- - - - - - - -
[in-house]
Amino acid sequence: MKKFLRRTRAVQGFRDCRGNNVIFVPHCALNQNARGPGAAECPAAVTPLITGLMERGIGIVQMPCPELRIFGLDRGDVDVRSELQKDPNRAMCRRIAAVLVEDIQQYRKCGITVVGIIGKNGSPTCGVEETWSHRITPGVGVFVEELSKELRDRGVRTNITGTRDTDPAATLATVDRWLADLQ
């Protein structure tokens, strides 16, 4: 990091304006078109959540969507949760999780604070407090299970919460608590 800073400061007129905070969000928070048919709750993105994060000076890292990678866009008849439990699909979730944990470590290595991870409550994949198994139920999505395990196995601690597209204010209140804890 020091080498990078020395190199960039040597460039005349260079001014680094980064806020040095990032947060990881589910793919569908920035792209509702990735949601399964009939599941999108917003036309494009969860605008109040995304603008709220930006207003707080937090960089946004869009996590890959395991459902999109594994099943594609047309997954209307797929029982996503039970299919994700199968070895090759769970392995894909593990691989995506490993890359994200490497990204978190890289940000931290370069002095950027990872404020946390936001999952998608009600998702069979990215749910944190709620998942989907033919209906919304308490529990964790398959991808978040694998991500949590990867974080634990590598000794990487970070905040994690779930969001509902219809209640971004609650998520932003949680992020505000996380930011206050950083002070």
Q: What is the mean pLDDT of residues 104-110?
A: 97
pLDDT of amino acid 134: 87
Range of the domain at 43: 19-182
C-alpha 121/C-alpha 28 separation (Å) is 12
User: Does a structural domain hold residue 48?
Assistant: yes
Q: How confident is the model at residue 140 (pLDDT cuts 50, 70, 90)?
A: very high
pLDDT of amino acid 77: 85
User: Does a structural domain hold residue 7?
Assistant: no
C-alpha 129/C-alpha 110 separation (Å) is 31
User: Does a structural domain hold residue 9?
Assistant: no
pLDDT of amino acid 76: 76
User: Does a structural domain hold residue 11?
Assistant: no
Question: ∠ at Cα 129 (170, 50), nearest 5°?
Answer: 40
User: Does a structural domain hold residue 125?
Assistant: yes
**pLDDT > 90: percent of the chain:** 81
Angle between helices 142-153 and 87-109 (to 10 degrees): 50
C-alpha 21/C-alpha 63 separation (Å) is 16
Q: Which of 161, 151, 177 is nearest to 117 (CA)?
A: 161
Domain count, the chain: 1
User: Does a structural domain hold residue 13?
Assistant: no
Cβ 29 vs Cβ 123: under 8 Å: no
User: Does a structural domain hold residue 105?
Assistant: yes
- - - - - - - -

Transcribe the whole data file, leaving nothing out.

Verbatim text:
[in-house]
Amino acid sequence: MKKFLRRTRAVQGFRDCRGNNVIFVPHCALNQNARGPGAAECPAAVTPLITGLMERGIGIVQMPCPELRIFGLDRGDVDVRSELQKDPNRAMCRRIAAVLVEDIQQYRKCGITVVGIIGKNGSPTCGVEETWSHRITPGVGVFVEELSKELRDRGVRTNITGTRDTDPAATLATVDRWLADLQ
């Protein structure tokens, strides 16, 4: 990091304006078109959540969507949760999780604070407090299970919460608590 800073400061007129905070969000928070048919709750993105994060000076890292990678866009008849439990699909979730944990470590290595991870409550994949198994139920999505395990196995601690597209204010209140804890 020091080498990078020395190199960039040597460039005349260079001014680094980064806020040095990032947060990881589910793919569908920035792209509702990735949601399964009939599941999108917003036309494009969860605008109040995304603008709220930006207003707080937090960089946004869009996590890959395991459902999109594994099943594609047309997954209307797929029982996503039970299919994700199968070895090759769970392995894909593990691989995506490993890359994200490497990204978190890289940000931290370069002095950027990872404020946390936001999952998608009600998702069979990215749910944190709620998942989907033919209906919304308490529990964790398959991808978040694998991500949590990867974080634990590598000794990487970070905040994690779930969001509902219809209640971004609650998520932003949680992020505000996380930011206050950083002070």
Q: What is the mean pLDDT of residues 104-110?
A: 97
pLDDT of amino acid 134: 87
Range of the domain at 43: 19-182
C-alpha 121/C-alpha 28 separation (Å) is 12
User: Does a structural domain hold residue 48?
Assistant: yes
Q: How confident is the model at residue 140 (pLDDT cuts 50, 70, 90)?
A: very high
pLDDT of amino acid 77: 85
User: Does a structural domain hold residue 7?
Assistant: no
C-alpha 129/C-alpha 110 separation (Å) is 31
User: Does a structural domain hold residue 9?
Assistant: no
pLDDT of amino acid 76: 76
User: Does a structural domain hold residue 11?
Assistant: no
Question: ∠ at Cα 129 (170, 50), nearest 5°?
Answer: 40
User: Does a structural domain hold residue 125?
Assistant: yes
**pLDDT > 90: percent of the chain:** 81
Angle between helices 142-153 and 87-109 (to 10 degrees): 50
C-alpha 21/C-alpha 63 separation (Å) is 16
Q: Which of 161, 151, 177 is nearest to 117 (CA)?
A: 161
Domain count, the chain: 1
User: Does a structural domain hold residue 13?
Assistant: no
Cβ 29 vs Cβ 123: under 8 Å: no
User: Does a structural domain hold residue 105?
Assistant: yes